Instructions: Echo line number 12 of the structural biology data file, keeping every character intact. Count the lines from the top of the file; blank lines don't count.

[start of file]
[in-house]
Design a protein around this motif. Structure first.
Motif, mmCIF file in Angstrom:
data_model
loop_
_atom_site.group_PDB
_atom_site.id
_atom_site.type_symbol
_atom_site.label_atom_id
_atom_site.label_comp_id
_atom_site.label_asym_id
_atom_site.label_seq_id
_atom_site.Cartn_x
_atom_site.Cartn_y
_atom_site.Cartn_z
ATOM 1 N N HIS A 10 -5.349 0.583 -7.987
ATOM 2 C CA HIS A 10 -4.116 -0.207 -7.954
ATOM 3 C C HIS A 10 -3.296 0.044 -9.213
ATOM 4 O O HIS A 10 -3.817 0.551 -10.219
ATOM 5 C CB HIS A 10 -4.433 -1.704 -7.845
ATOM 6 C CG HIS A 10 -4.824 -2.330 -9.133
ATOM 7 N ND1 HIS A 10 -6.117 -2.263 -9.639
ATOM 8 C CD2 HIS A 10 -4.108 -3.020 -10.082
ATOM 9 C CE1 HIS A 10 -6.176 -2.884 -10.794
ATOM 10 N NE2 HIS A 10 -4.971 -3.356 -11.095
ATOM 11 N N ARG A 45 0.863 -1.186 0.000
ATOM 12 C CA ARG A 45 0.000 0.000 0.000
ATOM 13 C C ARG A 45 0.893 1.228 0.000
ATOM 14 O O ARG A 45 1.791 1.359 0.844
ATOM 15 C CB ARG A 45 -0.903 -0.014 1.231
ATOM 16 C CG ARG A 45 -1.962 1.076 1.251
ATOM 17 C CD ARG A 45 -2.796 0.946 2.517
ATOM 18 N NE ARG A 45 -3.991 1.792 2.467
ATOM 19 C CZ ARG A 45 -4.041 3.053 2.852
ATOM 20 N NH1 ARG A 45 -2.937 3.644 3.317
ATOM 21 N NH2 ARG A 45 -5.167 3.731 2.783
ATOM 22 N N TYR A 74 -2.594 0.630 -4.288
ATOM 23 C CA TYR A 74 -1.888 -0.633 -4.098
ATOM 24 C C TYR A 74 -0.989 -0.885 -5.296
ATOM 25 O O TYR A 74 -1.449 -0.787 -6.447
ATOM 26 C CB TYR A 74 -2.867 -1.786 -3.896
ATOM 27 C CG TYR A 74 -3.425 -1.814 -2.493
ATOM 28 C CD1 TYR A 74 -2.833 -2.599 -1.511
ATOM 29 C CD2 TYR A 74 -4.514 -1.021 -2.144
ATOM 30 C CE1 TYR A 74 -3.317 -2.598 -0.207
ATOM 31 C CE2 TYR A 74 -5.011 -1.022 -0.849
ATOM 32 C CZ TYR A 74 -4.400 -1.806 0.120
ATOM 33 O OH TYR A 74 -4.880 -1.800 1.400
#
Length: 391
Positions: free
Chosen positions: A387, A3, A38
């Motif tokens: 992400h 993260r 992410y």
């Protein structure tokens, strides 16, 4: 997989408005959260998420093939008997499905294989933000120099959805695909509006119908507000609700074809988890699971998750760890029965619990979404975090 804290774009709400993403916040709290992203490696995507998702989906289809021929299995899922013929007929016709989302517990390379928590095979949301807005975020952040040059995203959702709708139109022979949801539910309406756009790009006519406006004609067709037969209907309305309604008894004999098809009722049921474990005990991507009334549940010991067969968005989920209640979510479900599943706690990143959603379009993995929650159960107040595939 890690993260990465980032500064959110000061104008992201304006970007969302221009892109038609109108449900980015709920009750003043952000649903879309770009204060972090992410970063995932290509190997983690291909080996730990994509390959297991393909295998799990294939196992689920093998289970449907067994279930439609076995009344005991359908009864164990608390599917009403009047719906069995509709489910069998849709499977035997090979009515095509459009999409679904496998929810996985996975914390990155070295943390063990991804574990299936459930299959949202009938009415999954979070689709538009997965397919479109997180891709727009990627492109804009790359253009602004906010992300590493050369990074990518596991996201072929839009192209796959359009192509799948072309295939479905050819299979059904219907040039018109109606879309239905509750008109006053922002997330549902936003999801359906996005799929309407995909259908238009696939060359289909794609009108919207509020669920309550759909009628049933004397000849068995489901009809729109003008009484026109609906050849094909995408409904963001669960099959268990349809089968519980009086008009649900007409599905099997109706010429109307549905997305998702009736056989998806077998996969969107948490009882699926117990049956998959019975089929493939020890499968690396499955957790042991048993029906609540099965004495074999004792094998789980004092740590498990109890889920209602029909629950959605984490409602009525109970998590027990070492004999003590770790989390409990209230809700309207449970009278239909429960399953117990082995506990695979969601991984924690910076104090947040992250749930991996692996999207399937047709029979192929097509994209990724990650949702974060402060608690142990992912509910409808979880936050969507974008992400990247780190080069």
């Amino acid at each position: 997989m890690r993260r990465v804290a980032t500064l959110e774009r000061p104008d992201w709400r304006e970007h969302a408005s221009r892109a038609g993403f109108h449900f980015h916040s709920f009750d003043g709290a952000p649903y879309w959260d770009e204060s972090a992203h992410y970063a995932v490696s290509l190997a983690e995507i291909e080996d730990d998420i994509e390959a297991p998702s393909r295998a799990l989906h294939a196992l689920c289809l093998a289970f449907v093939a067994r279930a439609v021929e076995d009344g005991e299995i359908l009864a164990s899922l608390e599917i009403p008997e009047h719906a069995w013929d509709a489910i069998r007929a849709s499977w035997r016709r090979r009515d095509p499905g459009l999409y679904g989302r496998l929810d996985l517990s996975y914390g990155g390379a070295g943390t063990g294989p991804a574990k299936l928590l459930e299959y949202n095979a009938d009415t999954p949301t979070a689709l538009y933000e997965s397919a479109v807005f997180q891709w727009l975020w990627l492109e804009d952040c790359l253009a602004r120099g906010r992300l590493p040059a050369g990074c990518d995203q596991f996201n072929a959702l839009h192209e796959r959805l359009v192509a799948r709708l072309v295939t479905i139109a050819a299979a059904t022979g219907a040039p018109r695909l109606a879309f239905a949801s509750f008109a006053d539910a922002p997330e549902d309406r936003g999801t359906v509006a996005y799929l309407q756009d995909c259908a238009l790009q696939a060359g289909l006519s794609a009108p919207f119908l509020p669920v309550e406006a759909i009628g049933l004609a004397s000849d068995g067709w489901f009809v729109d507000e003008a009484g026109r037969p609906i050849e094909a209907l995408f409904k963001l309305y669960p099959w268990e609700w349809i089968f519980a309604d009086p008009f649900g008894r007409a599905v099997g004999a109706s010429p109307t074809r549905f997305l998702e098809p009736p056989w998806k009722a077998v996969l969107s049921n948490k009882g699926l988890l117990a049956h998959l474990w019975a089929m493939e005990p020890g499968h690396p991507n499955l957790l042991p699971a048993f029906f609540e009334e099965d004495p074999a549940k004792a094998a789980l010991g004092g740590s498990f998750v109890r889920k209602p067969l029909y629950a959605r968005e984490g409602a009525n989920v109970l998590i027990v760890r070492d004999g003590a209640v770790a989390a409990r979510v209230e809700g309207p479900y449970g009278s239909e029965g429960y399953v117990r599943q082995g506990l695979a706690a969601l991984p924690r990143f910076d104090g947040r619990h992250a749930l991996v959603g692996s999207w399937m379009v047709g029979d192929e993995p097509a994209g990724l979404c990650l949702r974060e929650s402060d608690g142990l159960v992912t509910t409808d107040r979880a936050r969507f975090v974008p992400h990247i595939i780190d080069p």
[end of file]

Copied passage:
_atom_site.label_seq_id